The Fateh Darwaza was a prominent entrance to the city of Qila Mohammadnagar, the Qutb Shahi capital city of the kingdom of Golconda. This entrance was renamed the Fateh Darwaza when Aurangzeb made his triumphal entry into the city after the 8-month-long siege ended with a treasonous transaction. Before that, it was called the Baghnagar darwaza – it was the gate you took if you wanted to go to Hyderabad. The road led more or less in a straight line to the Purana Pul, the first stone bridge across the Musi, and then on to Char su ka hauz (today’s Gulzar hauz), from where you could head on the highway to the kingdom’s principal port of Machilipatnam. This made it the principal highway of the trade-focused Qutb Shahi kingdom.
Kakatiya sculptures adorn the top of the Fateh Darwaza. They depict yalis, which are a common motif in south Indian sculpture. They range from stylized lions to fantastic chimerical bests incorporating lions, horses and elephants. The ones here are lions in the Kakatiya sculptural style.
The side view of the sculptures show the yalis subduing elephants. While the meaning of the iconography to the Kaktiya’s is unclear, its relevance to the Persianate Qutb Shahi’s is clear – they saw themselves as the lions subduing their enemies, represented by the elephants.
The formidable walls that protected Qila Mohammadnagar withstood the onslaught of Aurangzeb’s seasoned Mughal army. This was an army of siege specialists drawn from various parts of the world. Ottoman siege engineers and Rajput strategists combined their forces to forge cannon, mount raids to bring down the walls, and keep up the bombardment on the Qutb Shahi citadel. Aurangzeb’s army also knew how to fight long-drawn sieges – they had just come from a successful 18-month siege of Bijapur. They were not in a hurry, and they were not going anywhere. This is a view of the outer city walls looking south from atop the Fateh Darwaza.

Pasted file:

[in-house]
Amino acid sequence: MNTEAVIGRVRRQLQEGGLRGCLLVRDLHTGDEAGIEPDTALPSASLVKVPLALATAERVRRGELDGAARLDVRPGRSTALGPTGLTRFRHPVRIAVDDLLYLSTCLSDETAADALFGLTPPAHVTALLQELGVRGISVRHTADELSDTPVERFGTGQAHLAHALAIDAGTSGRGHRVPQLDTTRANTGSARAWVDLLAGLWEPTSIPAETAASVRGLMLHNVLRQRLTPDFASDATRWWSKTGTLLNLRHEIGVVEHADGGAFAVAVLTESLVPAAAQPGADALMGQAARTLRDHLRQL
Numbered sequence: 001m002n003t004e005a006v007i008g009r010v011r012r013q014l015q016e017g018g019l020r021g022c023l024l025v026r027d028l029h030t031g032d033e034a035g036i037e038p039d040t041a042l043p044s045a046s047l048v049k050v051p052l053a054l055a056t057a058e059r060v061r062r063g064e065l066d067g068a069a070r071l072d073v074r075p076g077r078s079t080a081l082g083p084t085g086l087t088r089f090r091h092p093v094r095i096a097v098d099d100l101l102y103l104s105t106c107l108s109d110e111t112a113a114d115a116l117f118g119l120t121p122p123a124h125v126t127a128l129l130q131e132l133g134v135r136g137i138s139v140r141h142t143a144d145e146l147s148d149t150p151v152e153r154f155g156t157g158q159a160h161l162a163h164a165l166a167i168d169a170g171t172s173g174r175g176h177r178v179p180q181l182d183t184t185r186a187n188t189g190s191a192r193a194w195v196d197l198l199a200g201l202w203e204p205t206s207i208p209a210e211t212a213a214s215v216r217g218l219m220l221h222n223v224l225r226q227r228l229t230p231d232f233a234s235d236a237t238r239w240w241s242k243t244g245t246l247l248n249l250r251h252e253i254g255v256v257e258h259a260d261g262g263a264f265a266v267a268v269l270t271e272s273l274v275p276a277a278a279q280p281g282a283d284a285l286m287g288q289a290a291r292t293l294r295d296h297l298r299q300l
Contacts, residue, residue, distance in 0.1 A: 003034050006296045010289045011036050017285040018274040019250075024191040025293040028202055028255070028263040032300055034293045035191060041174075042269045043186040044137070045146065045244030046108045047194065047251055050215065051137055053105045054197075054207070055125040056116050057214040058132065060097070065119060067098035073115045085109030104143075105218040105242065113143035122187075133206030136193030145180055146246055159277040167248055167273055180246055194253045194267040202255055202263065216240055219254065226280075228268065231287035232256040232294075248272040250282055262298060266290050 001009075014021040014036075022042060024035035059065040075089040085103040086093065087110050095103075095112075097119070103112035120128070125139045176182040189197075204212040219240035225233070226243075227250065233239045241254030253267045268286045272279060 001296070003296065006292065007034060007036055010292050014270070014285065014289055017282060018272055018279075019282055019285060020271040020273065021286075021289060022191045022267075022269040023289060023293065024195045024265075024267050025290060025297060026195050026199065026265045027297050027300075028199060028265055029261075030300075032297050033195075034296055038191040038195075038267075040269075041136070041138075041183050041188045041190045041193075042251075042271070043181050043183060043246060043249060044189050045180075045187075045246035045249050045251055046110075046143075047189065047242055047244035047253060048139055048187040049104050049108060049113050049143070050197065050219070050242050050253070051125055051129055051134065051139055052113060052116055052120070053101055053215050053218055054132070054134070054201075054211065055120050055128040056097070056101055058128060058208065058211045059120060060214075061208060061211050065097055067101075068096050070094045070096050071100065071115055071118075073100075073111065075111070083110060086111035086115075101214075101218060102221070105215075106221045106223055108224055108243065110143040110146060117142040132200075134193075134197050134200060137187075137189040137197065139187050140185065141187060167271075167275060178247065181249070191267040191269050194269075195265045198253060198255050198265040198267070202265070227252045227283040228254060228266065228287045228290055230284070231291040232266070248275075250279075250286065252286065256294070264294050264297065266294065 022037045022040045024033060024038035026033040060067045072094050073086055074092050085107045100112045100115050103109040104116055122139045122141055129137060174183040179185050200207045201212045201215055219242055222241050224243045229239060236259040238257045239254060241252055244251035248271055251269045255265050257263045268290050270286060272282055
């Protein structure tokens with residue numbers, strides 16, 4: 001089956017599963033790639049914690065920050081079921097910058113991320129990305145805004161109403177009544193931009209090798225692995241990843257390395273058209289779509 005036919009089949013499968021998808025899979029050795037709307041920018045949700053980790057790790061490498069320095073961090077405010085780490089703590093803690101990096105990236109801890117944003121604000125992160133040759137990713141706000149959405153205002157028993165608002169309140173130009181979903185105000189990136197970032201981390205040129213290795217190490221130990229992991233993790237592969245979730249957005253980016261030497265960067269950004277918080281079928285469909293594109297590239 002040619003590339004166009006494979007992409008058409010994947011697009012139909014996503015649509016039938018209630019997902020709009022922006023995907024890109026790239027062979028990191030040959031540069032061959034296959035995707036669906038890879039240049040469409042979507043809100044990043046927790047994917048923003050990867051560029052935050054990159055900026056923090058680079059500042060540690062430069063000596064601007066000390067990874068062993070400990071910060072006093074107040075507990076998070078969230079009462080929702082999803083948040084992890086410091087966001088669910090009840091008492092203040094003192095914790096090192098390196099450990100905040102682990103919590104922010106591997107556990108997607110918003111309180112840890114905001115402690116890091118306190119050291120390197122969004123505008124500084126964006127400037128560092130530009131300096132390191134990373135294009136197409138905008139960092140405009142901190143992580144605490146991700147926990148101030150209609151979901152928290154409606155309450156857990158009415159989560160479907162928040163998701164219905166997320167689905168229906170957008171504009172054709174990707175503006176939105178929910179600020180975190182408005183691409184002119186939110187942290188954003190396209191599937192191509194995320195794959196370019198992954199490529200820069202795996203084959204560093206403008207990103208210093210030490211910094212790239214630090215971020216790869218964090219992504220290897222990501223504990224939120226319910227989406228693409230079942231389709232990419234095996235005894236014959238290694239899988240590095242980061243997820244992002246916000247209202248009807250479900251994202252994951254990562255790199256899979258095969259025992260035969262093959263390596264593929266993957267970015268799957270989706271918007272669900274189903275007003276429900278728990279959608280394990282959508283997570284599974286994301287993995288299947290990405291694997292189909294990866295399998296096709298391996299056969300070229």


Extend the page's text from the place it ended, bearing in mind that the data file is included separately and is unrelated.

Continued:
Two massive gates with stout wooden doors reinforced with iron alloy spikes barred entry into the city. The pathway through them is narrow and curved, necessitating a slow approach. Bowmen and gunners on the walls and the gate had a free shot at you, and you had no hope of passing through unless they wanted you to pass.
Thirty-foot-high walls on either side heavily armed guards on top of them made sure the entry to the city was secure.
A bronze cannon on top of one of the bastions on the gate. These were mounted using the thick and strong trunnions you see half-way on the body, which are located at the center of gravity of the cannon. This makes it easy to change its elevation. This whole assembly was mounted on a metal pivot embedded in the floor of the bastion, making it easy to turn the gun from side to side. With these two movements, cannoneers could accurately target any spot they wanted within the cannon’s range.
A Mughal cannon, which was forged by putting strips of metal into a series of metal rings.
This inscription near the Fateh Darwaza says that during the reign of Abdullah Qutb Shah, a person name Khairat Khan build a garden and a stepwell. While no remains of the garden or stepwell are currently visible, a nearby stone gateway could be associated with it.